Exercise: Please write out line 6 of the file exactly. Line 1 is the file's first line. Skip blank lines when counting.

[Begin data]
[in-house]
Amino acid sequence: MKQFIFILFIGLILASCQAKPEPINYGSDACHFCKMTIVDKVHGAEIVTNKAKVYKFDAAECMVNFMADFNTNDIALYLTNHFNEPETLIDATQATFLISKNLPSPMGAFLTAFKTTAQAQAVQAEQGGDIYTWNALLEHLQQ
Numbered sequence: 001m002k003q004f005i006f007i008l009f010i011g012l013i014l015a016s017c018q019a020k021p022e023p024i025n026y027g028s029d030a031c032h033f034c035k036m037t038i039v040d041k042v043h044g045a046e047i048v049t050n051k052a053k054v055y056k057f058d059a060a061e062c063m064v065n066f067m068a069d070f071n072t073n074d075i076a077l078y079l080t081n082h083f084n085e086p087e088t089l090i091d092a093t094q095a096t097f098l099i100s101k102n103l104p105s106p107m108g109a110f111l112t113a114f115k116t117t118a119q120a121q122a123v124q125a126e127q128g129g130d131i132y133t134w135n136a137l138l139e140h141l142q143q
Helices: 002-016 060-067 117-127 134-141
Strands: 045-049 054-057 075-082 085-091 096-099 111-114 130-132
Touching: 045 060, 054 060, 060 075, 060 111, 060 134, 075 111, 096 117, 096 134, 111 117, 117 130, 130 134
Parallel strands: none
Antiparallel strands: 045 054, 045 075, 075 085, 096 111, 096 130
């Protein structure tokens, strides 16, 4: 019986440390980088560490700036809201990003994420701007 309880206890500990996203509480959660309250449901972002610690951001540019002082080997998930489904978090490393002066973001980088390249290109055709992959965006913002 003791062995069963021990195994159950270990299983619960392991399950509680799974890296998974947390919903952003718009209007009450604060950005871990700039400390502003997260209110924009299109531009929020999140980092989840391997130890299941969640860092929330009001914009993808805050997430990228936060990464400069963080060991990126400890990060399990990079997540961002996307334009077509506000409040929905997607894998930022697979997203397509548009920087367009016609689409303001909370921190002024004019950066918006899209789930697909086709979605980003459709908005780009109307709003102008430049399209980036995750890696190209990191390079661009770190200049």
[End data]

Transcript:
Touching: 045 060, 054 060, 060 075, 060 111, 060 134, 075 111, 096 117, 096 134, 111 117, 117 130, 130 134